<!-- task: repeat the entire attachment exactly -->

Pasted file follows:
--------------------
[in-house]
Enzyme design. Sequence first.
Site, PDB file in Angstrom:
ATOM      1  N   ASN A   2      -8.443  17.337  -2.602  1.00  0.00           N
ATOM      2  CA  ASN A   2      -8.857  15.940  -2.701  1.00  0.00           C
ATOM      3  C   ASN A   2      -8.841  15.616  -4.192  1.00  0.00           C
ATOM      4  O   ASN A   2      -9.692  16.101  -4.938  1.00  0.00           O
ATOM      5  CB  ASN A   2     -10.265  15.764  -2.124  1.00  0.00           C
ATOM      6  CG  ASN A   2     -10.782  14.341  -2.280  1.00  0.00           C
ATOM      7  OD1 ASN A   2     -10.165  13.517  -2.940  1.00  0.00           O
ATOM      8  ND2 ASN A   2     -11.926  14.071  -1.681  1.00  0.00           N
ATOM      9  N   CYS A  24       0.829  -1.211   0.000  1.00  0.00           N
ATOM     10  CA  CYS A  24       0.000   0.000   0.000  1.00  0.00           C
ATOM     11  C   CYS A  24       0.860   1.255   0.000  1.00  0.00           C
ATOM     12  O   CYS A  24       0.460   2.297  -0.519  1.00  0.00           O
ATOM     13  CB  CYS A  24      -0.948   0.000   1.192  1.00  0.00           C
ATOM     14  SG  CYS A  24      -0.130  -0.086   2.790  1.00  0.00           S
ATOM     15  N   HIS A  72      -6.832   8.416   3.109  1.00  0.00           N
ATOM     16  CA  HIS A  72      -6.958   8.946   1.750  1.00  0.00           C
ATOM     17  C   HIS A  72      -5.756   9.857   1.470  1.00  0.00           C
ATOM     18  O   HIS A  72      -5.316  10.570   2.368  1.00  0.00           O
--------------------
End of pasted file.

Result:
[in-house]
Enzyme design. Sequence first.
Site, PDB file in Angstrom:
ATOM      1  N   ASN A   2      -8.443  17.337  -2.602  1.00  0.00           N
ATOM      2  CA  ASN A   2      -8.857  15.940  -2.701  1.00  0.00           C
ATOM      3  C   ASN A   2      -8.841  15.616  -4.192  1.00  0.00           C
ATOM      4  O   ASN A   2      -9.692  16.101  -4.938  1.00  0.00           O
ATOM      5  CB  ASN A   2     -10.265  15.764  -2.124  1.00  0.00           C
ATOM      6  CG  ASN A   2     -10.782  14.341  -2.280  1.00  0.00           C
ATOM      7  OD1 ASN A   2     -10.165  13.517  -2.940  1.00  0.00           O
ATOM      8  ND2 ASN A   2     -11.926  14.071  -1.681  1.00  0.00           N
ATOM      9  N   CYS A  24       0.829  -1.211   0.000  1.00  0.00           N
ATOM     10  CA  CYS A  24       0.000   0.000   0.000  1.00  0.00           C
ATOM     11  C   CYS A  24       0.860   1.255   0.000  1.00  0.00           C
ATOM     12  O   CYS A  24       0.460   2.297  -0.519  1.00  0.00           O
ATOM     13  CB  CYS A  24      -0.948   0.000   1.192  1.00  0.00           C
ATOM     14  SG  CYS A  24      -0.130  -0.086   2.790  1.00  0.00           S
ATOM     15  N   HIS A  72      -6.832   8.416   3.109  1.00  0.00           N
ATOM     16  CA  HIS A  72      -6.958   8.946   1.750  1.00  0.00           C
ATOM     17  C   HIS A  72      -5.756   9.857   1.470  1.00  0.00           C
ATOM     18  O   HIS A  72      -5.316  10.570   2.368  1.00  0.00           O